Nutrition Therapist Career and Job Information

Nutrition therapists, also called nutritionists in some settings, assist people who have specific health problems through assessment and counseling about their diet. Some of the health conditions that clients of nutrition therapists might have include depression, fatigue, eating disorders, weight management, digestive conditions and bowel disorders. Instead of solely focusing on how diet impacts the client’s lifestyle, a nutrition therapist will take into account a myriad of potential causes for the client’s poor nutrition.

Job Description for Nutrition Therapists

Nutrition therapists typically work in a one-on-one setting with clients. Milieus in which they may work include private practice, within a hospital or long-term care center, in schools, and in fitness centers, just to name a few. Some of the things that a nutrition therapist can be expected to do in the performance of their job includes:

  • Conducting nutritional assessments on clients
  • Counseling clients on proper nutrition and diet
  • Helping clients to develop nutritional meal plans
  • Educating clients on healthy eating

Medical conditions that nutritionists may be asked to help treat include (but are not limited to):

  • Obesity
  • Diabetes
  • Polycystic ovarian syndrome
  • Chronic fatigue syndrome
  • Kidney disease
  • Eating disorders
  • Depression and anxiety
  • Irritable bowel syndrome
  • Crohn’s disease

Education for Nutrition Therapists

Education for nutrition therapists begins with the attainment of a bachelor’s degree, typically in a field such as Nutrition Science, Dietetics or Nutrition. Coursework that one will take in the pursuit of nutrition therapist education includes:

  • Biochemistry
  • Genetics
  • Food science
  • Microbiology
  • Chemistry
  • Clinical nutrition care
  • Anatomy and physiology
  • Nutrition throughout the lifespan
  • Fitness
  • Disease and nutrition

After obtaining a bachelor’s degree, some nutrition therapists opt to go on for a graduate degree, such as Master of Science in Nutrition, or even a Doctorate in Nutrition. Although a graduate degree is not needed to break into the nutrition therapist field, it can help open up advanced positions within the field, including supervisory ones.

The following bachelors and Master’s programs offer career-focused instruction delivered by trained nutritionists with experience in the field. Find out more what each individual course of study offers through the locations below.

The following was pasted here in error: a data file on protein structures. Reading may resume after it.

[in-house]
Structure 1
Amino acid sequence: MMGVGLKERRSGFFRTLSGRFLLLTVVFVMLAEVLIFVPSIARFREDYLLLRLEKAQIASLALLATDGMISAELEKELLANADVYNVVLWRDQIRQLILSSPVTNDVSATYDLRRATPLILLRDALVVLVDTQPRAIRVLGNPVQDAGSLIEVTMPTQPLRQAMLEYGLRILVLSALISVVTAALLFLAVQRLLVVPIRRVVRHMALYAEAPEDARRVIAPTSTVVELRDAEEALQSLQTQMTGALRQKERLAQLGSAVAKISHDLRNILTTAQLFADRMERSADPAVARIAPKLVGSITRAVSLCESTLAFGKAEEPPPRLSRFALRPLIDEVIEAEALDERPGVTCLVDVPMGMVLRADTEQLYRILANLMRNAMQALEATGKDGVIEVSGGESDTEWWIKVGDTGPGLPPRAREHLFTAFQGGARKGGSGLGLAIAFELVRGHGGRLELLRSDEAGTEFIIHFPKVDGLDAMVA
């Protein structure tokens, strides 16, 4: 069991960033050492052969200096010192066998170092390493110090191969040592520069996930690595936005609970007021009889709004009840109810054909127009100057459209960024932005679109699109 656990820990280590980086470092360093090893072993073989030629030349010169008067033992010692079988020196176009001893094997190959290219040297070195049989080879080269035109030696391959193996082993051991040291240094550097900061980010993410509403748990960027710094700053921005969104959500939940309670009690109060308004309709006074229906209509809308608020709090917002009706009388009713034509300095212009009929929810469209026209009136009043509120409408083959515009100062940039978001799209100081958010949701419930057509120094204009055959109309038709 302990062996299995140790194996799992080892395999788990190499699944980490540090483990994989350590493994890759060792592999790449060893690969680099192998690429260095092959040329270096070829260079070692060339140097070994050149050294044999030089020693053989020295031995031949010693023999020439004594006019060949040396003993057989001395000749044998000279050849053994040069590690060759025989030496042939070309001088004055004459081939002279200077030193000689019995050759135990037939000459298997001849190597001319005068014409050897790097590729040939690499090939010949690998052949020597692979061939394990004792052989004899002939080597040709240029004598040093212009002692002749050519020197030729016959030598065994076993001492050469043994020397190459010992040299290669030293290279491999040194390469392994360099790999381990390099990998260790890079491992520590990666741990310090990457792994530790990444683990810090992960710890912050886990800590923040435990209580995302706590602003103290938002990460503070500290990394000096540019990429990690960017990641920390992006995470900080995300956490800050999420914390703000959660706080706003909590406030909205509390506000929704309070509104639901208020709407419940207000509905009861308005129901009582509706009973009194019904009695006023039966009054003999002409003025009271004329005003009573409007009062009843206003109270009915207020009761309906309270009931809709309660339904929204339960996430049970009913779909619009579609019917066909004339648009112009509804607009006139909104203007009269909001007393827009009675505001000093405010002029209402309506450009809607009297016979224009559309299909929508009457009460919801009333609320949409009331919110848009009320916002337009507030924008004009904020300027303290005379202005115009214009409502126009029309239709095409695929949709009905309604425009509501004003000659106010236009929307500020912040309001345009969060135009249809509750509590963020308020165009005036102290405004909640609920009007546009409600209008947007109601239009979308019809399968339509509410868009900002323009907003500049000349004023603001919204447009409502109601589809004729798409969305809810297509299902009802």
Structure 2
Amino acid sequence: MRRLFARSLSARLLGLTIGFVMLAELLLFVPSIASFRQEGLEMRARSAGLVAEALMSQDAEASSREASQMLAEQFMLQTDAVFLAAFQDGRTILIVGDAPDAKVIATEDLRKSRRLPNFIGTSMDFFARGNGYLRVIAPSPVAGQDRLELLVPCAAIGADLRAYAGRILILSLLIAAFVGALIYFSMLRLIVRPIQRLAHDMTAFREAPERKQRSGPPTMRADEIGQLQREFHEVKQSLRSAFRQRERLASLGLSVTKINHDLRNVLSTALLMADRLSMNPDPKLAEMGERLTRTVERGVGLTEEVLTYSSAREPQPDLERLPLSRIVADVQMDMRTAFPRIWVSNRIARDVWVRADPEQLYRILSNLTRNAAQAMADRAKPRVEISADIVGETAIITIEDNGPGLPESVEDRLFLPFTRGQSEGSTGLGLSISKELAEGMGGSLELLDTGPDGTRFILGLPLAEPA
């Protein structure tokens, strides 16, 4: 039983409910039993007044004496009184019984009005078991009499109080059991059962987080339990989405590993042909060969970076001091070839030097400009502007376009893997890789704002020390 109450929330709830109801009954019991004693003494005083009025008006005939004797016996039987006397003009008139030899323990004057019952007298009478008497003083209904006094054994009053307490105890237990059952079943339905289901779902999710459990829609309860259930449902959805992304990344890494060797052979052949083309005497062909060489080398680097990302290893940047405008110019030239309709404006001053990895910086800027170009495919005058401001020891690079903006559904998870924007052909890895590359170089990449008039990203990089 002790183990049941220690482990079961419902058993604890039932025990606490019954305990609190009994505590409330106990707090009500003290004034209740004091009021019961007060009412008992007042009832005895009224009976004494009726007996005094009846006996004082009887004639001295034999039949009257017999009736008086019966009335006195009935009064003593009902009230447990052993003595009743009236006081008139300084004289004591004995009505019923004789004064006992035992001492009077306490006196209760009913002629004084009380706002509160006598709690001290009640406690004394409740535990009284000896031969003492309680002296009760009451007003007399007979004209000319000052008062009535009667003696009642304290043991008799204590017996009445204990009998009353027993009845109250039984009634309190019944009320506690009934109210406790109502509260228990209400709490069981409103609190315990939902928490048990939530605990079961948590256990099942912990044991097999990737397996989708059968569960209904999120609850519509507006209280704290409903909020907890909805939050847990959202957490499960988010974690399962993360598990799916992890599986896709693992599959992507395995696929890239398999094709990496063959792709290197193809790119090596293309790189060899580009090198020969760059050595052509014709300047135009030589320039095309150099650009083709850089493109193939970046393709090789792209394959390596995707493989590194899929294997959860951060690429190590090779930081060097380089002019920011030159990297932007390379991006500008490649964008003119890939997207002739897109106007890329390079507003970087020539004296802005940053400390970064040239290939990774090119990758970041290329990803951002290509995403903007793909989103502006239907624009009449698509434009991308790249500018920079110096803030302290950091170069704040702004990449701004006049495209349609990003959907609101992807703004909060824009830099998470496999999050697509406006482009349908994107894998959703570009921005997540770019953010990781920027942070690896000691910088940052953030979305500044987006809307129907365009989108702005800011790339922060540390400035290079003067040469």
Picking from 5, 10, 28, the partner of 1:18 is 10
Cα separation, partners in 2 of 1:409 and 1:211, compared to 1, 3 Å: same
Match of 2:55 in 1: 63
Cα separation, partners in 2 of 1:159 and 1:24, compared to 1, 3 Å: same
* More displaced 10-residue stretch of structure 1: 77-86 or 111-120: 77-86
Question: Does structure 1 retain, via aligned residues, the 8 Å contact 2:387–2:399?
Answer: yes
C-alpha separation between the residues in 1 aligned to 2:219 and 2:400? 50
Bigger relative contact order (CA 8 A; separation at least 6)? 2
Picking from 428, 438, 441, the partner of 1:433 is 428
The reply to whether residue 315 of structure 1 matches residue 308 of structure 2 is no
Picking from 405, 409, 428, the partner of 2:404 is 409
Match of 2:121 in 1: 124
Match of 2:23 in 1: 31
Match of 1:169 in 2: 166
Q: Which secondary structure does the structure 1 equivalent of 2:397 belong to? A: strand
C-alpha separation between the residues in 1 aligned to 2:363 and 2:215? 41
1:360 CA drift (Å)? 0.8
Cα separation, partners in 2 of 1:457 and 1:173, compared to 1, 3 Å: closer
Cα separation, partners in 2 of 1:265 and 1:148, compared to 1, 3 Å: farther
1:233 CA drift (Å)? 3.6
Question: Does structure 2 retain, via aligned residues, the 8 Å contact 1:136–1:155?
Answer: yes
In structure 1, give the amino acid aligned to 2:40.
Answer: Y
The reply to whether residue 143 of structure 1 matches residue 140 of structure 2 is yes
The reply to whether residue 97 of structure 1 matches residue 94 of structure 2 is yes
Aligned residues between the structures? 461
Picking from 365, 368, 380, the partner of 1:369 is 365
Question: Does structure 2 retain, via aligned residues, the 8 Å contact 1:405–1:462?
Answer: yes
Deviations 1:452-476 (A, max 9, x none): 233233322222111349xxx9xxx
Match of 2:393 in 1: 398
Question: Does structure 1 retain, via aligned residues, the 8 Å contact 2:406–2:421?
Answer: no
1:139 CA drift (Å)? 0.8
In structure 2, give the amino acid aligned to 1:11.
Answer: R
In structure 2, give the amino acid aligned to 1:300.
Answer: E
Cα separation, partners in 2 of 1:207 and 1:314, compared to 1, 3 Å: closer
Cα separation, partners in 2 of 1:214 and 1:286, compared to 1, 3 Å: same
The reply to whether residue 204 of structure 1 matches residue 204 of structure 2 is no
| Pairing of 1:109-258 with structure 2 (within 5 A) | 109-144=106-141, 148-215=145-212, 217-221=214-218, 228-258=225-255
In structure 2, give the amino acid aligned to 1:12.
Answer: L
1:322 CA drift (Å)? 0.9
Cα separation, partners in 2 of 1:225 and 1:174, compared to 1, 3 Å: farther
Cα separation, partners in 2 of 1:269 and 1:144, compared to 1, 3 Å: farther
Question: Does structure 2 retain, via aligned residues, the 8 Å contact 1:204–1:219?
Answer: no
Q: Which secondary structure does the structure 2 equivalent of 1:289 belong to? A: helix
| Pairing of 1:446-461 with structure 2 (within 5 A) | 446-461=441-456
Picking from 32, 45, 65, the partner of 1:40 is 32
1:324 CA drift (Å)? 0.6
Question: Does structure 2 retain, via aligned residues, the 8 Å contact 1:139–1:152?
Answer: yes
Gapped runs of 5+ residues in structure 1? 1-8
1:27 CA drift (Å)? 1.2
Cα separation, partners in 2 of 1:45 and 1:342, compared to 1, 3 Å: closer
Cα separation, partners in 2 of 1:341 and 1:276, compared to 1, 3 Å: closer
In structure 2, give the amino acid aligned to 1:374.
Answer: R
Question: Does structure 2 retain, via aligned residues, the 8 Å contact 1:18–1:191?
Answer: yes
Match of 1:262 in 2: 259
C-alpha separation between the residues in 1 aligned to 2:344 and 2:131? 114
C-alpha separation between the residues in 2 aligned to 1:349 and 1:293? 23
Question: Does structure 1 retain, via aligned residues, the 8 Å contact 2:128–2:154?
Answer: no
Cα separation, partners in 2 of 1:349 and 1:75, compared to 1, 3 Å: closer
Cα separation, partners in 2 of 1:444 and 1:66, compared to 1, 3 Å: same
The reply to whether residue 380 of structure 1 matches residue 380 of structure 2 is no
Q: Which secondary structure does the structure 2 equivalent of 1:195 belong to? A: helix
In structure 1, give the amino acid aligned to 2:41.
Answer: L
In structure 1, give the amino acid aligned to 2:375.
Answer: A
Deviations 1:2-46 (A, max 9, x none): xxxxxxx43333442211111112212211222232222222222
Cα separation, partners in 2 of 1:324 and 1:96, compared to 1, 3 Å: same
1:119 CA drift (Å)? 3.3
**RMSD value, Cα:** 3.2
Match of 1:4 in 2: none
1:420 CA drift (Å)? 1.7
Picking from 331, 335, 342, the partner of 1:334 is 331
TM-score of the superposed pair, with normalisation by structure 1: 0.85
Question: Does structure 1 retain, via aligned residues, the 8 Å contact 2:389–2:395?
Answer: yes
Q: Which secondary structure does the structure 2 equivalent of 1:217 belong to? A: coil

Featured Nutritionist Programs

Certification for Nutrition Therapists

While there is no license or certification that states one is a nutrition therapist, some states do license nutritionists who have completed the proper education and examinations. There are two main certification boards for nutrition therapists, each bestowing its own credentials:

Commission on Dietetic Registration (CDR)

Some who wish to become nutrition therapists opt to follow the educational requirements of the Commission on Dietetic Registration (CDR) of the American Dietetic Association and earn the Registered Dietitian (RD) or Registered Dietitian Nutritionist (RDN) credential. Receiving this certification involves completing an approved bachelor’s degree program in nutrition and dietetics and passing an examination.

Clinical Nutrition Certification Board (CNCB)

Others who wish to work as nutrition therapists opt for certification as a Certified Clinical Nutritionist (CCN) by the Clinical Nutrition Certification Board (CNCB). This certification is designed for nutrition therapists who pursue post-graduate studies in clinical nutrition or already have graduate degrees, and involves passing an examination.
Check the requirements for your state to see if it would benefit you, or if you are required, to become an RD, an RDN or a CCN in order to work as a nutrition therapist. Earning certifications such as these will open up more employment options for nutrition therapists.

Salary Expectations and Job Outlook for Nutrition Therapists

According to the US Department of Labor’s Bureau of Labor Statistics (BLS), as of May 2018, dietitians and nutritionists (a group which includes nutrition therapists) across the country averaged an annual salary of $60,370, or $29.02 per hour. This is the median salary for bachelor degree-trained nutrition therapists. Those holding graduate degrees can earn even higher annual salaries. The top-paying state for nutrition therapists, per the BLS, is California, at $74,060 annually.
The BLS also notes that job opportunities for nutrition therapists are expected to increase by 11 percent from 2018 through 2028. This is faster than the average expected growth for all occupations.